I recently watched “Up in the Air” and could not help but marvel at Ryan Bingham’s (George Clooney’s character) perks as an elite frequent flyer on American Airlines. Out come the Champagne and a visit from the airline’s chief pilot on crossing 10 million miles. While Hollywood has taken its usual liberties with Ryan Bingham, airlines do coddle their most frequent flyers. Dedicated phone numbers, private check-ins, and birthday cakes on the road are all part of the package; in addition to the usual upgrades, lounge access, and priority boarding. Made me wonder why the airlines go through the trouble – its a few passengers after all. It is really worth, for example, holding a 747 an hour for a Bingham-like passenger to make the connection? What is a frequent flyer loyalty worth to an airline?
Here is one way to look at it. From the following table, you will notice that the average fare paid by a passenger on American Airlines in 2009 is about $281 (see Note 1). From their 2009 financial statements, they made a loss of $2523 on each flight (see Note 2). So on a typical flight, they need nine more passengers each paying the average fare to break even. On the other hand, Southwest Airlines makes a profit of $84 per flight. The average fare on Southwest is $102; so only one passenger on the plane represents profit. Yep, that’s right. If Southwest looses this last passenger each flight, it will make a loss.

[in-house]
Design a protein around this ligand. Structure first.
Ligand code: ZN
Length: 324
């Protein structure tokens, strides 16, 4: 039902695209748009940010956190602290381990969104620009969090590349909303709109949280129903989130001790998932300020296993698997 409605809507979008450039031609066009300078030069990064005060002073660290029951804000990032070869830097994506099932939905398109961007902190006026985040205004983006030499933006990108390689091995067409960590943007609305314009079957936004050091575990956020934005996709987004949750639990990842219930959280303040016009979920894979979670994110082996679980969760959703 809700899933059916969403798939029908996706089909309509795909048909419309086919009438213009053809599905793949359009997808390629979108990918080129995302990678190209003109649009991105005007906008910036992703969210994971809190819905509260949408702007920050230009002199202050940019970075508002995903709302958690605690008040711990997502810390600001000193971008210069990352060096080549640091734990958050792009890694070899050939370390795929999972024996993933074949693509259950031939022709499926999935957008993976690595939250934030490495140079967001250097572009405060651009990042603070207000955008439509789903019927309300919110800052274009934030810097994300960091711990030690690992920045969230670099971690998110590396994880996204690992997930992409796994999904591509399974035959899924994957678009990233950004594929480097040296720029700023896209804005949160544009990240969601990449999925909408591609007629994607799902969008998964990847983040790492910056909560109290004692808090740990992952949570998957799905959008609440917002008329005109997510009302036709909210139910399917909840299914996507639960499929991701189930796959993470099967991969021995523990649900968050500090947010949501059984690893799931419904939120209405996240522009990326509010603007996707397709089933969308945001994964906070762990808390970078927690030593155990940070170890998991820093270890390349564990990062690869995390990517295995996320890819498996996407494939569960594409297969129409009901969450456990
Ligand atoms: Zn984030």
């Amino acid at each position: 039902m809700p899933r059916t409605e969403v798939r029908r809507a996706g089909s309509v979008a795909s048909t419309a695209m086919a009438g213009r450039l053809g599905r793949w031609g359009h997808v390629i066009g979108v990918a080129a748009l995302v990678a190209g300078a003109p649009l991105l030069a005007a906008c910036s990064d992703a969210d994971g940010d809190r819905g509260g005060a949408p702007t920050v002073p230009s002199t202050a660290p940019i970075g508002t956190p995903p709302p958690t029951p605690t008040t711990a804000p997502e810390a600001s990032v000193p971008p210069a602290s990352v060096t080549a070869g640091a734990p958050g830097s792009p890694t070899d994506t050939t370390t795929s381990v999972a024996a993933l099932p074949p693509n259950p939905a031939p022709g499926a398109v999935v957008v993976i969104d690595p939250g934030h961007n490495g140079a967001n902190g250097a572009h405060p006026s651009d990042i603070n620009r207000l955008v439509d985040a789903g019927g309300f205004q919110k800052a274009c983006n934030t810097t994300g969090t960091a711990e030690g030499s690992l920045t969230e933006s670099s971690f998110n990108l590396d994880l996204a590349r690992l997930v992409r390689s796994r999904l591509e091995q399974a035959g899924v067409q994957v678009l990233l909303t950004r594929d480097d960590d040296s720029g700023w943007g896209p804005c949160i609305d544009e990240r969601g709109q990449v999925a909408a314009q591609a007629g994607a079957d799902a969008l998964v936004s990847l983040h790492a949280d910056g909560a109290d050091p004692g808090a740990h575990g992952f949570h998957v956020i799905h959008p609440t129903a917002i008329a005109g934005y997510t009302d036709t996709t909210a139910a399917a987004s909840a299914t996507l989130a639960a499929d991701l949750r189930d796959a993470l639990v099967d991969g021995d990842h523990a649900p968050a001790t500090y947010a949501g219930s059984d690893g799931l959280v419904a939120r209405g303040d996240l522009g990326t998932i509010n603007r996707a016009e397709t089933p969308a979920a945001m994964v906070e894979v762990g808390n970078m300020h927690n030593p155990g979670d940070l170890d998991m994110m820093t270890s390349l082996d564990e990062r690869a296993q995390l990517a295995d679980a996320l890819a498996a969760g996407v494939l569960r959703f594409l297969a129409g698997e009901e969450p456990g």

The airline industry has high “fixed” costs – you have to buy and maintain the planes, pay the crew, and lease the gates even if you are not filling up the planes. The ticket revenues from most passengers on the plane cover these fixed costs. In the case of the big airlines like American, Delta, Continental, US Airways, Northwest, or United they do not even cover the fixed costs! The good news is that it takes only a few more passengers per flight to become profitable.
For US Airways, just one more passenger each flight and it will be in the black. Bring on the Champagne and caviar and yes, hold that connection – they really want that customer on board.
All numbers are from 2009
Airline Avg. Fare (A) Income/flight (B) Income Passengers (B/A)
American Airlines $281 -$2,523 -9
AirTran $95 $521 5
Continental $363 -$966 -3
Delta $305 -$2,235 -7
Frontier $111 $1,274 11
Hawaiian Airlines $152 $1,818 12
JetBlue Airways $162 $301 2
Northwest Airlines $288 -$871 -3
Southwest Airlines $102 $84 1
US Airways $224 -$315 -1
United Air Lines $319 -$1,444 -5
1. Average fare is calculated by diving the passenger revenue by total number of departures. For example, American Airlines’ 2009 passenger revenue was $19,898 million. They carried 70,735,000 passengers – so each paid about $281.
2. Income per flight was computed by diving the Net income by number of departures. American Airlines made a net loss of $1476 million and had 585,000 departures in 2009. So each departure made a loss of $2,523.